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'Does the moon look bigger to you tonight?'

The Book of Ataniel

Old Wounds

Vas was busy blow-drying his hair with a wind cantrip, but after his sister strode past his bedroom door for the sixth time he concluded that she was pacing. “Valende?” he called, abandoning his toilette to investigate. “Are you testing the strength of my carpetry, sister, or worrying about our good Jack?”

“I’m worrying about us, Vas,” she sighed. “Jack is... well, ready. He’s near the end of his days anyway, and as spiritually strong as he may ever be. If he’s going to face this, now would be the time.”

“You’ve heard of this Hotel before, haven’t you?” frowned Vas, putting two and two together.

“I’m... not sure,” Val admitted. “So much gets lost in the translation. There is a hall in the Song of Enorath said to exist out of place, out of time... sort of a metaphysical proving grounds for the soul. If this is that place--well, entering it in anything but total spiritual readiness could spell our doom, Vastarin.”

“Then perhaps we should spend tonight in prayer,” Vas offered.

She gave him a narrow look, and then a more startled one as she realized he was in earnest. “Perhaps we should,” she acknowledged. “But that may not be good enough. I can assure you Khyrisse is not going to be spending the night in prayer... nor is Rani. If Aithne is I don’t even want to know. This Hotel may be a place for the trajectory of the elven soul to be judged, Vas. I don’t know how that would translate into human terms, much less Diarian, but I am sure that most of the Rat Pack are not ready for a spiritual audit.”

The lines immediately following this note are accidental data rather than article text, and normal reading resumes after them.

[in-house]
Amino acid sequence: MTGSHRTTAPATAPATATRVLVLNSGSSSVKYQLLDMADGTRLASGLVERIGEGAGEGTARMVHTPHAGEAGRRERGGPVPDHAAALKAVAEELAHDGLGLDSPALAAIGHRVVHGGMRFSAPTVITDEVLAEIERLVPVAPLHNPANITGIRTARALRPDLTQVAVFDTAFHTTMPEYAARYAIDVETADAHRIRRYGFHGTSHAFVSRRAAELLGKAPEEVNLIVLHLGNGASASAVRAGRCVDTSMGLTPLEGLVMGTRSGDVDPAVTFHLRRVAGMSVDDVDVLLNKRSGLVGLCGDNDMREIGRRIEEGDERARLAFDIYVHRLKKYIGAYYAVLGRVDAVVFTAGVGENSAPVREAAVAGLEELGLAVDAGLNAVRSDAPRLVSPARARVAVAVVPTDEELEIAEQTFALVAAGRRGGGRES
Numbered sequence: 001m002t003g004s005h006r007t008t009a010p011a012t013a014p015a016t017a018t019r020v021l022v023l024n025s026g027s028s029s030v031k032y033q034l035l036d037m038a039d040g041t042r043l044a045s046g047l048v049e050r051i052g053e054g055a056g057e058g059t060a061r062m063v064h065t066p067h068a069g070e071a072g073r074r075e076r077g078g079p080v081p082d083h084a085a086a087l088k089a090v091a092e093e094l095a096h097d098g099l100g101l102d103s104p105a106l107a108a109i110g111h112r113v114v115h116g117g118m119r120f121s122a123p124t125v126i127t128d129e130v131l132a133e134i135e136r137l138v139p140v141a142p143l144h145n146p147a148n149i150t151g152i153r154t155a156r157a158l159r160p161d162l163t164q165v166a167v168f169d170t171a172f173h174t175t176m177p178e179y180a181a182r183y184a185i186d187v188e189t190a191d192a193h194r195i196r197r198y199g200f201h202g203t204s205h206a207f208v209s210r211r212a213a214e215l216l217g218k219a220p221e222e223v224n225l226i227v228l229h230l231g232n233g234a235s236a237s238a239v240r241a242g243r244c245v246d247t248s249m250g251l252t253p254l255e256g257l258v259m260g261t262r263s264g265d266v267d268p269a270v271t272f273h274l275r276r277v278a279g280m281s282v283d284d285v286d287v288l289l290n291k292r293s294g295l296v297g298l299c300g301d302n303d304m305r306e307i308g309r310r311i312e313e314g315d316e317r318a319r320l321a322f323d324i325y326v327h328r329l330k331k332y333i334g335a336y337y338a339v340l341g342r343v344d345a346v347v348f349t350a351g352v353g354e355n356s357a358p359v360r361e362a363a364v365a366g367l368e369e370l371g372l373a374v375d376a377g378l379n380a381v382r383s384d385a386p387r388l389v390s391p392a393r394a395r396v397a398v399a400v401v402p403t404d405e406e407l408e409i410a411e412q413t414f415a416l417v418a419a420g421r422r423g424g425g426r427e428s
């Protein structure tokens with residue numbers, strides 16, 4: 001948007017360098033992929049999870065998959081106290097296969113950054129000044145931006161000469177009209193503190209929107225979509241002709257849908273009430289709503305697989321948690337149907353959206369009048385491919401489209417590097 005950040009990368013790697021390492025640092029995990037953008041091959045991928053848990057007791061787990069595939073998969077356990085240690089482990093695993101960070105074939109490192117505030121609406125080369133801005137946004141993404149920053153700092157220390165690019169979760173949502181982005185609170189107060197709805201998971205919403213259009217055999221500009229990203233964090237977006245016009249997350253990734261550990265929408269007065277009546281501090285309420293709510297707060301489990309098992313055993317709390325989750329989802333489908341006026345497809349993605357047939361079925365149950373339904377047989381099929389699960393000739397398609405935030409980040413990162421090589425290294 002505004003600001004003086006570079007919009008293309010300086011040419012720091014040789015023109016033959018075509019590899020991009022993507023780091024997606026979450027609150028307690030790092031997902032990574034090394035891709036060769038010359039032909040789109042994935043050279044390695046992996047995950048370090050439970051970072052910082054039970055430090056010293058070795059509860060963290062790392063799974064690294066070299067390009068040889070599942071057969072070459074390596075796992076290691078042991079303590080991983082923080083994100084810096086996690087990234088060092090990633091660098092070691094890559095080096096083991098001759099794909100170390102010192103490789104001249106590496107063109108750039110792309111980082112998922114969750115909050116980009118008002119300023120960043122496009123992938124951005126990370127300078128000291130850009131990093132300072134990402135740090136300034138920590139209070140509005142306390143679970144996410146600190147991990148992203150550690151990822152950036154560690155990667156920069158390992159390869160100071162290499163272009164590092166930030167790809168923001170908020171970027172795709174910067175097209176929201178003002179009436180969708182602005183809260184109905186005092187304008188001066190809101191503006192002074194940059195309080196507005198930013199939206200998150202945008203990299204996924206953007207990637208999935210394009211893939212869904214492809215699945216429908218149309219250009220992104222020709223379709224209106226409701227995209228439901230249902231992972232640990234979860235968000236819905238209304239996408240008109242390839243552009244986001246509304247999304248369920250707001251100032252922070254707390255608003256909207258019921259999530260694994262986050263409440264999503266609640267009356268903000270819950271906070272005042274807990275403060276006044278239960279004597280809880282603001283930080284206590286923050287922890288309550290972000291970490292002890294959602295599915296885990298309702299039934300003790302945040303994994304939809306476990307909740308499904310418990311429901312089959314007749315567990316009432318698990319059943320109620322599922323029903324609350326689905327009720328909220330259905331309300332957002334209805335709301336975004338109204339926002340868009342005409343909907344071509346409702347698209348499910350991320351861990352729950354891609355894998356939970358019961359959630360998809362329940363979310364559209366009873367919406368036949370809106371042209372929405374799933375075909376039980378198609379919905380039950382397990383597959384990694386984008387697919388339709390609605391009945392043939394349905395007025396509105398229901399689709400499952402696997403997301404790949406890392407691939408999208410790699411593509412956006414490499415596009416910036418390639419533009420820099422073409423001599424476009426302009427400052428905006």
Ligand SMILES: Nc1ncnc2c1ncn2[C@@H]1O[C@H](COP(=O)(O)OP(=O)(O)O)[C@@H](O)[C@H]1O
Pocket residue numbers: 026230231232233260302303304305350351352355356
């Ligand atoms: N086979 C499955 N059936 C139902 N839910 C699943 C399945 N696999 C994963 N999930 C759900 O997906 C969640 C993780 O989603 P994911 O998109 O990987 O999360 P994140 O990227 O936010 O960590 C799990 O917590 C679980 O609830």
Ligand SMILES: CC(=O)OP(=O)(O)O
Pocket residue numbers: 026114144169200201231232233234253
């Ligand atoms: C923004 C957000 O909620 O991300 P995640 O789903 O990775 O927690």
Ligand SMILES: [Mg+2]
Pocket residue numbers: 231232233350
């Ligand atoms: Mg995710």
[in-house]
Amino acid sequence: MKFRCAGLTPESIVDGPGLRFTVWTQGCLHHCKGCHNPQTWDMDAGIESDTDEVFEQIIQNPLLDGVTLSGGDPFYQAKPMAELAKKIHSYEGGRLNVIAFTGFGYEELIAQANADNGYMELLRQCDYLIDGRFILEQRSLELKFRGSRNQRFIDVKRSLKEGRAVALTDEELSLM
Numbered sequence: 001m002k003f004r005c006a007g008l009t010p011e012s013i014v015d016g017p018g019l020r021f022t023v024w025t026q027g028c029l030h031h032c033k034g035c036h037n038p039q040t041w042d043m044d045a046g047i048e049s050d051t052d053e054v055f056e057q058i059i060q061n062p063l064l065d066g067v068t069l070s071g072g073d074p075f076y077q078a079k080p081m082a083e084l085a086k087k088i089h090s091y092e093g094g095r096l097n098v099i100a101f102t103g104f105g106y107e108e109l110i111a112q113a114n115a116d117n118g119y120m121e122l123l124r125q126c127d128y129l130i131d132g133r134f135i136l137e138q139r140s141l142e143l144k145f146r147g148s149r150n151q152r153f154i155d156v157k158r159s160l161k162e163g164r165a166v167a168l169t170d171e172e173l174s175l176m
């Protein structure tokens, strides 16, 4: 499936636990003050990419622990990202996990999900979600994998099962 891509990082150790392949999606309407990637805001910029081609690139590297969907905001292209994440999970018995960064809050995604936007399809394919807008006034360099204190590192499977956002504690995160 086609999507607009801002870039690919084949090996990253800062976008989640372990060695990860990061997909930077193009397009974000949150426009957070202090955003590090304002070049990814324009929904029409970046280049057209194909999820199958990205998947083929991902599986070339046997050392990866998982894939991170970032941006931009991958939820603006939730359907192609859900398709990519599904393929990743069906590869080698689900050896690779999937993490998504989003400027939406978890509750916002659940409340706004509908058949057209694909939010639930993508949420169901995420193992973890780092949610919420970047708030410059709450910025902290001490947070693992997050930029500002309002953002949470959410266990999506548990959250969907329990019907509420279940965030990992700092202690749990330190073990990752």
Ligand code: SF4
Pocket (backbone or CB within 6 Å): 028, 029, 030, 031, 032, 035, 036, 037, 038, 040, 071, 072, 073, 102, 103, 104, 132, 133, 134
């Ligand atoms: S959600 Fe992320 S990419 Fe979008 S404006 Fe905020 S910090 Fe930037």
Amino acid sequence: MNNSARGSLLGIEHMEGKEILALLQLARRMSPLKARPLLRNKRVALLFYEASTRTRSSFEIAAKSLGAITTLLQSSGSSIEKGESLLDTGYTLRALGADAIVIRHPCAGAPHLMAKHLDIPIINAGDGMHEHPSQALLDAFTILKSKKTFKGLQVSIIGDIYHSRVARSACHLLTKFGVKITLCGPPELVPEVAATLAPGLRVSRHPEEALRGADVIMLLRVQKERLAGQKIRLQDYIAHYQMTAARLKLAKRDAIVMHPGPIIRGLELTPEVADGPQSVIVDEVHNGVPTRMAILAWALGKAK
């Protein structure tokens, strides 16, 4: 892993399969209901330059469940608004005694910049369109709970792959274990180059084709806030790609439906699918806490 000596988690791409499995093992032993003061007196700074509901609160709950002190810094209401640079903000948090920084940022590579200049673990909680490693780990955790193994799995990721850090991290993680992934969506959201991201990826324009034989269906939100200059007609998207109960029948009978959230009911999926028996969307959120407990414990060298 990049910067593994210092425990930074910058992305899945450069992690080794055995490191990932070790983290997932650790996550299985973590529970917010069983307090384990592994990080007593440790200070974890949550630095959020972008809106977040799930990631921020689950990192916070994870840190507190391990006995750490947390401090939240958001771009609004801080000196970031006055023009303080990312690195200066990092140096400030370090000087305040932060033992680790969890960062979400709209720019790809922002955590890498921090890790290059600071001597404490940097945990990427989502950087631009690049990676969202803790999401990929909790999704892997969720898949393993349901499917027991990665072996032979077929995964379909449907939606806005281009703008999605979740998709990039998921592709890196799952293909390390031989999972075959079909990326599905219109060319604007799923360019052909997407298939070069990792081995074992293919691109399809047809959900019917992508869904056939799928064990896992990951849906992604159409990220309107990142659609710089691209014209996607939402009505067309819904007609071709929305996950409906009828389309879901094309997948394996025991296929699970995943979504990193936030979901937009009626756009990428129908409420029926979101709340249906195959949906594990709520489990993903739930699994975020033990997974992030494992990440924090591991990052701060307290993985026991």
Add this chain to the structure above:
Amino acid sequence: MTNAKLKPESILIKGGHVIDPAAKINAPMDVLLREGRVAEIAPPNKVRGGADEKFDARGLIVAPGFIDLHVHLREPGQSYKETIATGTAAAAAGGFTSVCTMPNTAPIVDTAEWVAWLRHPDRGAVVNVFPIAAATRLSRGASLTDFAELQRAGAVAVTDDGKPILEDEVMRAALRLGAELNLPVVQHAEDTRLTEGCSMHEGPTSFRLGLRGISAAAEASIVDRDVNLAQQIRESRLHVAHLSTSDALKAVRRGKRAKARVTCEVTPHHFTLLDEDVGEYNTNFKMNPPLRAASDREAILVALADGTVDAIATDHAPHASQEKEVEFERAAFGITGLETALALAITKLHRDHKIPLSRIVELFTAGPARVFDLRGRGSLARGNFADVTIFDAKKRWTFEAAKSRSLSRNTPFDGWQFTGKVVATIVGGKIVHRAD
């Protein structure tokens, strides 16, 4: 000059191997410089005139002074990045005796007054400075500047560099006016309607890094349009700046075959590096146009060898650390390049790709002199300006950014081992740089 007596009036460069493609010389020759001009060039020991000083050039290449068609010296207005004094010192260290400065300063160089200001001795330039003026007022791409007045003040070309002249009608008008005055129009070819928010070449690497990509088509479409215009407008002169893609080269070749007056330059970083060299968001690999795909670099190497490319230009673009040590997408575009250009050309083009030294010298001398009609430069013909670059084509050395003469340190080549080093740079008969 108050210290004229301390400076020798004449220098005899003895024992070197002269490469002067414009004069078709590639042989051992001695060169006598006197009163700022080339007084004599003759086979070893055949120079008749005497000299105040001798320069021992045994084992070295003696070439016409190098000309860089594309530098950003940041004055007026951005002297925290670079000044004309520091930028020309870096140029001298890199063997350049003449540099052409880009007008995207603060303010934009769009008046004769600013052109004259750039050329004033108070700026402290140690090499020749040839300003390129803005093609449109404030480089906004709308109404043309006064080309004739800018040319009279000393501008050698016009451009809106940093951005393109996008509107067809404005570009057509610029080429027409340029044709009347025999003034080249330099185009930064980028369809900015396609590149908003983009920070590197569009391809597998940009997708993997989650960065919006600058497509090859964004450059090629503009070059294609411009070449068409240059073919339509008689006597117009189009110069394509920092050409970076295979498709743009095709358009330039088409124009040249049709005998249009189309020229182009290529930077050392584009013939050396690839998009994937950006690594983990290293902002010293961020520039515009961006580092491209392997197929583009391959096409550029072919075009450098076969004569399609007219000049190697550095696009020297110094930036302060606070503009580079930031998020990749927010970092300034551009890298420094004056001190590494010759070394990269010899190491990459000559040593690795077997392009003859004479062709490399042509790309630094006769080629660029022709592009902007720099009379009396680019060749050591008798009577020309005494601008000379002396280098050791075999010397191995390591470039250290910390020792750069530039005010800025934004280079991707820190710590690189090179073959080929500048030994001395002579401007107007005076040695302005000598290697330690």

“Legends are funny things, sister,” said Vas, shrugging. “The Parises have one... we have another... who knows what the truth of the matter is? Was it Lady Janeille who was lost there, in the Song of Enorath? Because that would hardly imply a simple imperfection could doom one of us anyway. Janeille was quite a bit on the immoral side, if I remember my mythology correctly.”

“And Aithne isn’t?” Val raked her fingers through her dark hair. “Rani’s an ethical mess; Tarrin is a wonderful man but he does think it would be a mercy to kill her, if you’ll recall. And don’t forget there’s still someone feeding Omeria information about us. I think it’s that niece of Asinus’, myself.”

Valende rarely used Mina’s first name anymore. “Are you sure your personal falling-out with her hasn’t colored that opinion, sister?” Vas asked gently.

“If being judgmental of me was a sign of treachery, all of New Trade would have fallen by now,” she said a bit bitterly. “No, that’s just my personal guess. She has something she’s hiding from us, that I can tell. It could be something else, and another of our friends the mole. That isn’t the point, Vastarin. Are we going to bring a traitor with us to a trial of our souls, whatever its nature?” She shook her head. “Worried about Jack? Brother, he may well find himself dragging us back in bodybags.”

“But that’s just it, isn’t it?” Vas shrugged. “We don’t know what he’ll be facing there. The world is inherently chaotic, Valende, and Jack is hardly emotionally invincible. He has a very poor self-esteem, for one thing. Perhaps with some of his friends there to assure him he’s loved, he’ll have a better time of it.”